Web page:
Tabrez Noorani‘s company is Tamasha Talkies and along with his producing partner Deepak Nayar has been on the producing teams of:

  • Alexander
  • Bride and Prejudice
  • Slumdog Millionaire
  • Eat, Pray, Love
  • The Best Exotic Marigold Hotel
  • Mission Impossible – Ghost Protocol
  • Life of Pi
  • Zero Dark Thirty
  • Million Dollar Arm
  • The Best Exotic Marigold Hotel 2
  • The Hundred Foot Journey

The exclusive announcement was made today on The Hollywood Reporter website.

Bringing novels to the large or small screen is generally a long process which could take years to develop, but a first step has been taken. Who knows where it might lead?

Meanwhile, may the fantasy casting games begin!

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Introducing the Garden of Allah Novels companion map of Los Angeles and Hollywood

I’ve always been a bit of a map fan, especially the sort of maps that show “Bright Spots of Hollywood” or a map of Beverly Hills courtesy of the Beverly Hills USO Canteen during WWII.

At the top of my one-of-these-days wishlist, I had always thought about putting together a map of Los Angeles & Hollywood showing the major spots around town during those golden years, featuring the places that I write about in my novels. I thought it might give readers a clearer idea of where Ciro’s and the Mocambo and Romanoff’s were in relation to each other, and to Marcus, and Kathryn, and Gwendolyn’s home at the Garden of Allah Hotel.

But the design and software skills necessary to put something like that together were far beyond my pay grade. When I mentioned my I-have-a-map-dream to Dave DeCaro at Davelandweb whose terrific map of Disneyland I’ve long admired (read: map envy), he suggested we work on one together.

This was quite some time ago and I don’t think either of us quite imagined how much time and effort a project like this would take. But isn’t that often the way? If you knew ahead of time how much work was involved, you might not have started it in the first place. It’s probably a good thing we weren’t blessed with foresight because it’s now done and I am very, very happy with the results.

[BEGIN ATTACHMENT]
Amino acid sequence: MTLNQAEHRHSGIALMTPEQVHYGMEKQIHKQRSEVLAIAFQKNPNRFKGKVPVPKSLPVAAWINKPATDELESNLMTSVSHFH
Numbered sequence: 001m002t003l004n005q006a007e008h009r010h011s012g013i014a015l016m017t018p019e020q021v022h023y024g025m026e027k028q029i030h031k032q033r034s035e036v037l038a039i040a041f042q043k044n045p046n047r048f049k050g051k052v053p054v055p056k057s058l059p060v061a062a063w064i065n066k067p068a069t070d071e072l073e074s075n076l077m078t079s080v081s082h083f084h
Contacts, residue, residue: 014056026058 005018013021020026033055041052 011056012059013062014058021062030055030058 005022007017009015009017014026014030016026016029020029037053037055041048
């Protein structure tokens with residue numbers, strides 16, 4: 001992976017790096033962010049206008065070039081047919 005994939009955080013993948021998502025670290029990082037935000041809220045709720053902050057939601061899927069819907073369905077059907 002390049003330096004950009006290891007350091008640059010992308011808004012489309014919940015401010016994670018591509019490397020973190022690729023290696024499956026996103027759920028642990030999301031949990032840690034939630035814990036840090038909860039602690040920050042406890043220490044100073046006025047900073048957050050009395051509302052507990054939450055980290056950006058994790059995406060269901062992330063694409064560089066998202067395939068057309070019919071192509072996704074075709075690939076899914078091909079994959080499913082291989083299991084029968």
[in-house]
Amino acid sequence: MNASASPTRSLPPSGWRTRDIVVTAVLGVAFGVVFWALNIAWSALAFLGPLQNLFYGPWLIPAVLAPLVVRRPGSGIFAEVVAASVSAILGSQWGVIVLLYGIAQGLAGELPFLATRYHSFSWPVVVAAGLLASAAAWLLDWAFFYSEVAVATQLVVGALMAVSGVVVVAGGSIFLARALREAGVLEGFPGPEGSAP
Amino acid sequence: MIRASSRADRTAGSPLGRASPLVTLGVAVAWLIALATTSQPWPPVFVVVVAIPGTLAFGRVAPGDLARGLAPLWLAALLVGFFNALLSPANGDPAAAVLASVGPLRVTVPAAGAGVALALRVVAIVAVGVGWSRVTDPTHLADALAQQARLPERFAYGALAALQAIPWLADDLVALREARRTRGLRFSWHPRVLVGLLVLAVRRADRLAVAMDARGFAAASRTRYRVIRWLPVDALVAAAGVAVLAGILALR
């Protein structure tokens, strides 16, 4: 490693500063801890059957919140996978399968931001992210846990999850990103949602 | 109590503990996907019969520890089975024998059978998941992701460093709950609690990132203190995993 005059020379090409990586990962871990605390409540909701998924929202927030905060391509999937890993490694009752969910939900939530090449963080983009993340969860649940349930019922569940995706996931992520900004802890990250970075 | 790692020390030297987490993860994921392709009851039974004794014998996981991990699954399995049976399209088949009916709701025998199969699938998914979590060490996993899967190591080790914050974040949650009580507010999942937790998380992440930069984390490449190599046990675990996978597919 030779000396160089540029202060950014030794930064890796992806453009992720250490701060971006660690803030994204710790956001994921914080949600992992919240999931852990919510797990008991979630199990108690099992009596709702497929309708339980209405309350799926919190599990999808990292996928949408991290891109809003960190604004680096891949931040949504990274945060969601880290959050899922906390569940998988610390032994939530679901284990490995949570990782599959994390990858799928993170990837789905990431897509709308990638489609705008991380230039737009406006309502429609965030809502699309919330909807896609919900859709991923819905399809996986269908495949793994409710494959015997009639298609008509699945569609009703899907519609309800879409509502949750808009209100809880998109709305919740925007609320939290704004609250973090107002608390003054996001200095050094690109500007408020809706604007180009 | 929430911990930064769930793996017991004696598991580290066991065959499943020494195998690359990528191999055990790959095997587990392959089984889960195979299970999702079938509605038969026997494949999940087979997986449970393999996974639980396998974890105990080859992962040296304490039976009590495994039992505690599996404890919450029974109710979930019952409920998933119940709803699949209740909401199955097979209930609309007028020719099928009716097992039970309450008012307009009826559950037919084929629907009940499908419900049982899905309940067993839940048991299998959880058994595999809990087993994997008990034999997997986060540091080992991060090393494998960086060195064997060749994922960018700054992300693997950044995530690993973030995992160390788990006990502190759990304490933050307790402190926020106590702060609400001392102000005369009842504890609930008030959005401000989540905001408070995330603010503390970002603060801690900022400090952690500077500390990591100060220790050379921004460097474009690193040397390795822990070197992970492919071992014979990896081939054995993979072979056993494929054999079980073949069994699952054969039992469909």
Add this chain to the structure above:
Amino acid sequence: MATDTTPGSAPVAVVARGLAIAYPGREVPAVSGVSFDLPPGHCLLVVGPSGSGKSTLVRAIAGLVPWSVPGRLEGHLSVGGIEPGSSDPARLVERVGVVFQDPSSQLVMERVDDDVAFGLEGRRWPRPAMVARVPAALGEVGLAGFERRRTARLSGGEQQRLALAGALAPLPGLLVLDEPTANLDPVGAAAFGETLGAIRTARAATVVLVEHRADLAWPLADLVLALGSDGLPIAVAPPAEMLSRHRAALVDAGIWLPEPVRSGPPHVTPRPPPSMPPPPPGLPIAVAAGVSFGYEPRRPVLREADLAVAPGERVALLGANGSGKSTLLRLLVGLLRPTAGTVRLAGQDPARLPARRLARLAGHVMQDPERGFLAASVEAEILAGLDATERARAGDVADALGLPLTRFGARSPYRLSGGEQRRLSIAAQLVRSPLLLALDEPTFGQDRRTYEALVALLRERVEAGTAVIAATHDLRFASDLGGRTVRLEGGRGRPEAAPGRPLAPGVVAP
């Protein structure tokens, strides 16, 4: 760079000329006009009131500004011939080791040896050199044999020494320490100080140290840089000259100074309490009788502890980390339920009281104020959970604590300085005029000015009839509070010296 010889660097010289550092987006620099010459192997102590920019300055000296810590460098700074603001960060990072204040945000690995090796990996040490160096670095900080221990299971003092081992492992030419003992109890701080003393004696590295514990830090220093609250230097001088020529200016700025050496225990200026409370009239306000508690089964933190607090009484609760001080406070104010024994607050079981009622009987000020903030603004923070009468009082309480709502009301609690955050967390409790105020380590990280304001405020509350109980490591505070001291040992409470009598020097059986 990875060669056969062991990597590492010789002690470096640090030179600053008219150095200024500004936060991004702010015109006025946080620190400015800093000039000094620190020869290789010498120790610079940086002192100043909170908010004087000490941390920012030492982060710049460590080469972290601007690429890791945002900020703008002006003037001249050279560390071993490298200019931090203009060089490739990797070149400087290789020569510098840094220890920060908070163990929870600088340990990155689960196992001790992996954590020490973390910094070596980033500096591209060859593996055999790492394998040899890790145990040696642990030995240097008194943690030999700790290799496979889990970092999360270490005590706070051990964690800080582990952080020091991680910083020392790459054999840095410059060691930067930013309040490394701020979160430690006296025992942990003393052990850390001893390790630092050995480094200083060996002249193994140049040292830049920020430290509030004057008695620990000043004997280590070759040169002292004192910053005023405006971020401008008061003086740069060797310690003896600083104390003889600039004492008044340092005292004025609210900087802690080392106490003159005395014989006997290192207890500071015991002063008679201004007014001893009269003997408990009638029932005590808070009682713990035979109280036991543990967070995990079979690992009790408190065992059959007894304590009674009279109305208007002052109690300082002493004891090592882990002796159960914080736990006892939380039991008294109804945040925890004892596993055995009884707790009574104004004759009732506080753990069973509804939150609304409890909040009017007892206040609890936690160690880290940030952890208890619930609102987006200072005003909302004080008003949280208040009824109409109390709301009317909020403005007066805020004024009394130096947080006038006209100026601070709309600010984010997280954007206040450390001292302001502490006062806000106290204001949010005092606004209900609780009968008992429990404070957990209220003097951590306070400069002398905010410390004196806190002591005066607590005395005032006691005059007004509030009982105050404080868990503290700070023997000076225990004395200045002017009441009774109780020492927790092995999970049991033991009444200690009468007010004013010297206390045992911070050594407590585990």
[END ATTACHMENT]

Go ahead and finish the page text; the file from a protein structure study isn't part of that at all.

The Garden of Allah Novels companion map of Los Angeles and HollywoodClick to enlarge, then click again for an even larger image.

 Map by Dave DeCaro at Davelandweb

This map is also available on MartinTurnbull.com

MAP LEGEND

#1
THE GARDEN OF ALLAH HOTEL
8150 Sunset Boulevard, West Hollywood
Opened – 9th January 1927, Closed August 1959

#2
SCHWAB’S PHARMACY
8024 Sunset Boulevard, West Hollywood
Opened – 1932, Closed October 1983

#3
BEVERLY HILLS HOTEL
9641 Sunset Boulevard, Beverly Hills
Opened 12TH MAY 1912, Still open

#4
ORIGINAL BROWN DERBY RESTAURANT
3377 Wilshire Boulevard, Los Angeles.
Opened – 1926, Closed 1980

#5
BROWN DERBY RESTAURANT
1628 Vine St, Hollywood
Opened February 14th,1929, Closed 1987

#6
CAFÉ GALA
8796 Sunset Boulevard, Beverly Hills
Opened 1939, Closed 1948

#7
CAFÉ TROCADERO
8610 Sunset Boulevard
Opened 18th September 1934 with a checkered history after that. The building was pulled down in 1963.

#8
C.C. BROWN’S ICE CREAM
7007 Hollywood Boulevard, Hollywood
Opened 1929

#9
CHASEN’S RESTAURANT
9039 Beverly Boulevard, Los Angeles
Opened 13th December 1936 as Chasen’s Southern Barbecue Pit, Closed 2000

#10
CHATEAU MARMONT HOTEL
8221 Sunset Boulevard
Opened 1st February 1929, Still open

#11
HOTEL CHRISTIE
6724 Hollywood Boulevard
Opened in 1922, building still standing

#12
CIRO’S NIGHTCLUB
8433 Sunset Boulevard, West Hollywood
Opened January 30th 1940, Closed 1957

#13
CLOVER CLUB
8477 Sunset Boulevard, West Hollywood
Opened 14th October 1937, Closed 1944

#14
COCK ‘N’ BULL
9170 Sunset Boulevard, West Hollywood.
Opened 1937, Closed 1987

#15
DON THE BEACHCOMBER
1727 North McCadden Place, Hollywood
Opened in 1933

#16
EGYPTIAN THEATER
6708 Hollywood Boulevard, Hollywood
Opened October 18th 1922, Still open

#17
EL CAPITAN THEATER
6838 Hollywood Boulevard, Hollywood
Opened 1926 as a legitimate theater called the Paramount, then became a movie theater in 1941, Still open